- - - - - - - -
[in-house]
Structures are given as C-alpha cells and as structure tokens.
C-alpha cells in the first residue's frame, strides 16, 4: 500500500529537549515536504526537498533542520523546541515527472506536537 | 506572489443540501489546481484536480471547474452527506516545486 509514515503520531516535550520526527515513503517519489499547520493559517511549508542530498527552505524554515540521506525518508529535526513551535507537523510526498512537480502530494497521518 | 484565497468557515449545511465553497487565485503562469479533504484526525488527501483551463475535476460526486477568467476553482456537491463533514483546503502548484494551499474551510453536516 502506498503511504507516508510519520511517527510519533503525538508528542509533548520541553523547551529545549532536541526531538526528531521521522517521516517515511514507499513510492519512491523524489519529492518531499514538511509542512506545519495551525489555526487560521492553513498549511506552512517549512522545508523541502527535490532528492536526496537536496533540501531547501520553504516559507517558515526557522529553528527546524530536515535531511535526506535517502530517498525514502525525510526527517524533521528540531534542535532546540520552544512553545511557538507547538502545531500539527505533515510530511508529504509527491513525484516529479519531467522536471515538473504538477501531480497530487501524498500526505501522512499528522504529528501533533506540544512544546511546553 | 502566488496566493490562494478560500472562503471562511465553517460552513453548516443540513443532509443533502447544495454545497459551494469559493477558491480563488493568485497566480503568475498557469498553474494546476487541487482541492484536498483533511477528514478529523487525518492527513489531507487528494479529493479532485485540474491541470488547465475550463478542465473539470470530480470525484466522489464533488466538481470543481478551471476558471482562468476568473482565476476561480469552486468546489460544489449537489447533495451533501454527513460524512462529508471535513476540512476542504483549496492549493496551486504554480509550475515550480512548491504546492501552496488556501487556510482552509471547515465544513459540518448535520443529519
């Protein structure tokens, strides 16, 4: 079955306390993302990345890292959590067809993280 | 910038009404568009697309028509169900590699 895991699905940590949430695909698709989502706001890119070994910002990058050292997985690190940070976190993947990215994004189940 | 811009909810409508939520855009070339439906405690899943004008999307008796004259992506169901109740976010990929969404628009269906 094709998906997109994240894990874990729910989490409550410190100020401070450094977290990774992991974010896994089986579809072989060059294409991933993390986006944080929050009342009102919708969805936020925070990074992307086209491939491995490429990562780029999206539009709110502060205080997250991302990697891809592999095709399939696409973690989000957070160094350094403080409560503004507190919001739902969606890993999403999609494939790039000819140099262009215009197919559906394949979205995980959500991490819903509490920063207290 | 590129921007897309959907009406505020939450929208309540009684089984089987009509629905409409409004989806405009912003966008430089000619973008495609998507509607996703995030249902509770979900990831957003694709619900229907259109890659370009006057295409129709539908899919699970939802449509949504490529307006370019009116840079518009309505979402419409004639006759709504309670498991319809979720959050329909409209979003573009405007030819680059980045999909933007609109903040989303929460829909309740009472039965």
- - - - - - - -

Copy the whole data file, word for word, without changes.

[in-house]
Structures are given as C-alpha cells and as structure tokens.
C-alpha cells in the first residue's frame, strides 16, 4: 500500500529537549515536504526537498533542520523546541515527472506536537 | 506572489443540501489546481484536480471547474452527506516545486 509514515503520531516535550520526527515513503517519489499547520493559517511549508542530498527552505524554515540521506525518508529535526513551535507537523510526498512537480502530494497521518 | 484565497468557515449545511465553497487565485503562469479533504484526525488527501483551463475535476460526486477568467476553482456537491463533514483546503502548484494551499474551510453536516 502506498503511504507516508510519520511517527510519533503525538508528542509533548520541553523547551529545549532536541526531538526528531521521522517521516517515511514507499513510492519512491523524489519529492518531499514538511509542512506545519495551525489555526487560521492553513498549511506552512517549512522545508523541502527535490532528492536526496537536496533540501531547501520553504516559507517558515526557522529553528527546524530536515535531511535526506535517502530517498525514502525525510526527517524533521528540531534542535532546540520552544512553545511557538507547538502545531500539527505533515510530511508529504509527491513525484516529479519531467522536471515538473504538477501531480497530487501524498500526505501522512499528522504529528501533533506540544512544546511546553 | 502566488496566493490562494478560500472562503471562511465553517460552513453548516443540513443532509443533502447544495454545497459551494469559493477558491480563488493568485497566480503568475498557469498553474494546476487541487482541492484536498483533511477528514478529523487525518492527513489531507487528494479529493479532485485540474491541470488547465475550463478542465473539470470530480470525484466522489464533488466538481470543481478551471476558471482562468476568473482565476476561480469552486468546489460544489449537489447533495451533501454527513460524512462529508471535513476540512476542504483549496492549493496551486504554480509550475515550480512548491504546492501552496488556501487556510482552509471547515465544513459540518448535520443529519
């Protein structure tokens, strides 16, 4: 079955306390993302990345890292959590067809993280 | 910038009404568009697309028509169900590699 895991699905940590949430695909698709989502706001890119070994910002990058050292997985690190940070976190993947990215994004189940 | 811009909810409508939520855009070339439906405690899943004008999307008796004259992506169901109740976010990929969404628009269906 094709998906997109994240894990874990729910989490409550410190100020401070450094977290990774992991974010896994089986579809072989060059294409991933993390986006944080929050009342009102919708969805936020925070990074992307086209491939491995490429990562780029999206539009709110502060205080997250991302990697891809592999095709399939696409973690989000957070160094350094403080409560503004507190919001739902969606890993999403999609494939790039000819140099262009215009197919559906394949979205995980959500991490819903509490920063207290 | 590129921007897309959907009406505020939450929208309540009684089984089987009509629905409409409004989806405009912003966008430089000619973008495609998507509607996703995030249902509770979900990831957003694709619900229907259109890659370009006057295409129709539908899919699970939802449509949504490529307006370019009116840079518009309505979402419409004639006759709504309670498991319809979720959050329909409209979003573009405007030819680059980045999909933007609109903040989303929460829909309740009472039965």